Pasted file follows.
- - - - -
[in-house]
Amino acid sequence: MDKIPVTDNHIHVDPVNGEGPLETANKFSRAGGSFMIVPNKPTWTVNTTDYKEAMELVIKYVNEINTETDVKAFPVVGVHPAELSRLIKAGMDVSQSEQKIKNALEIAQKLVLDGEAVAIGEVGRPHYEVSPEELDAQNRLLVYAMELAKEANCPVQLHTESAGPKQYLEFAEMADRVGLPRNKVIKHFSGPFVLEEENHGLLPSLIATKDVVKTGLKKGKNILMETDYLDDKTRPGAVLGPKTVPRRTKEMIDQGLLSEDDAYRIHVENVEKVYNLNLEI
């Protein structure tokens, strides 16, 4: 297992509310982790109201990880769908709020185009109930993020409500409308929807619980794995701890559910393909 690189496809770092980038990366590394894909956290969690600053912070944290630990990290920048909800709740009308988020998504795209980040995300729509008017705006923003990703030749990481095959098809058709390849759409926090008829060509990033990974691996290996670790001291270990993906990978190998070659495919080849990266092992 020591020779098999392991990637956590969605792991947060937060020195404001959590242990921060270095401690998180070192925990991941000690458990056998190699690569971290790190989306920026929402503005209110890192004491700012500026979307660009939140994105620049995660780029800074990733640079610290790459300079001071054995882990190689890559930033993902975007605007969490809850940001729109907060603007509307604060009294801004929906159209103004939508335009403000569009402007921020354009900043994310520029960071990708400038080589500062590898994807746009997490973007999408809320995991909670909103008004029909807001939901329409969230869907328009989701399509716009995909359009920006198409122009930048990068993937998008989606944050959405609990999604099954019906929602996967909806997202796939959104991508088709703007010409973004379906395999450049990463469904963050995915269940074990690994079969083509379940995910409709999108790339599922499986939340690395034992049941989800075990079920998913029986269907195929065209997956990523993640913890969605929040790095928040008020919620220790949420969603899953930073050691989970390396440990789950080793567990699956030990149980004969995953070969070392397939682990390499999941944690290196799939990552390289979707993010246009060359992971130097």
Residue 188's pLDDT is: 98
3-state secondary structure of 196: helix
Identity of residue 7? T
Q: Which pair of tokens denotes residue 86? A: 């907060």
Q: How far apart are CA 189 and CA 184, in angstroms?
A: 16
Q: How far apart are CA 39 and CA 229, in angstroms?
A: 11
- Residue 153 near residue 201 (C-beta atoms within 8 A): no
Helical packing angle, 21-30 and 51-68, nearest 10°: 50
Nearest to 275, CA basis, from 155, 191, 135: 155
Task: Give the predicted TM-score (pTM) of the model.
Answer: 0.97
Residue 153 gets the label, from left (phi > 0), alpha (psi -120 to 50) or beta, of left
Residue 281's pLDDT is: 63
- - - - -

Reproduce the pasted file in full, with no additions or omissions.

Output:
[in-house]
Amino acid sequence: MDKIPVTDNHIHVDPVNGEGPLETANKFSRAGGSFMIVPNKPTWTVNTTDYKEAMELVIKYVNEINTETDVKAFPVVGVHPAELSRLIKAGMDVSQSEQKIKNALEIAQKLVLDGEAVAIGEVGRPHYEVSPEELDAQNRLLVYAMELAKEANCPVQLHTESAGPKQYLEFAEMADRVGLPRNKVIKHFSGPFVLEEENHGLLPSLIATKDVVKTGLKKGKNILMETDYLDDKTRPGAVLGPKTVPRRTKEMIDQGLLSEDDAYRIHVENVEKVYNLNLEI
């Protein structure tokens, strides 16, 4: 297992509310982790109201990880769908709020185009109930993020409500409308929807619980794995701890559910393909 690189496809770092980038990366590394894909956290969690600053912070944290630990990290920048909800709740009308988020998504795209980040995300729509008017705006923003990703030749990481095959098809058709390849759409926090008829060509990033990974691996290996670790001291270990993906990978190998070659495919080849990266092992 020591020779098999392991990637956590969605792991947060937060020195404001959590242990921060270095401690998180070192925990991941000690458990056998190699690569971290790190989306920026929402503005209110890192004491700012500026979307660009939140994105620049995660780029800074990733640079610290790459300079001071054995882990190689890559930033993902975007605007969490809850940001729109907060603007509307604060009294801004929906159209103004939508335009403000569009402007921020354009900043994310520029960071990708400038080589500062590898994807746009997490973007999408809320995991909670909103008004029909807001939901329409969230869907328009989701399509716009995909359009920006198409122009930048990068993937998008989606944050959405609990999604099954019906929602996967909806997202796939959104991508088709703007010409973004379906395999450049990463469904963050995915269940074990690994079969083509379940995910409709999108790339599922499986939340690395034992049941989800075990079920998913029986269907195929065209997956990523993640913890969605929040790095928040008020919620220790949420969603899953930073050691989970390396440990789950080793567990699956030990149980004969995953070969070392397939682990390499999941944690290196799939990552390289979707993010246009060359992971130097």
Residue 188's pLDDT is: 98
3-state secondary structure of 196: helix
Identity of residue 7? T
Q: Which pair of tokens denotes residue 86? A: 């907060």
Q: How far apart are CA 189 and CA 184, in angstroms?
A: 16
Q: How far apart are CA 39 and CA 229, in angstroms?
A: 11
- Residue 153 near residue 201 (C-beta atoms within 8 A): no
Helical packing angle, 21-30 and 51-68, nearest 10°: 50
Nearest to 275, CA basis, from 155, 191, 135: 155
Task: Give the predicted TM-score (pTM) of the model.
Answer: 0.97
Residue 153 gets the label, from left (phi > 0), alpha (psi -120 to 50) or beta, of left
Residue 281's pLDDT is: 63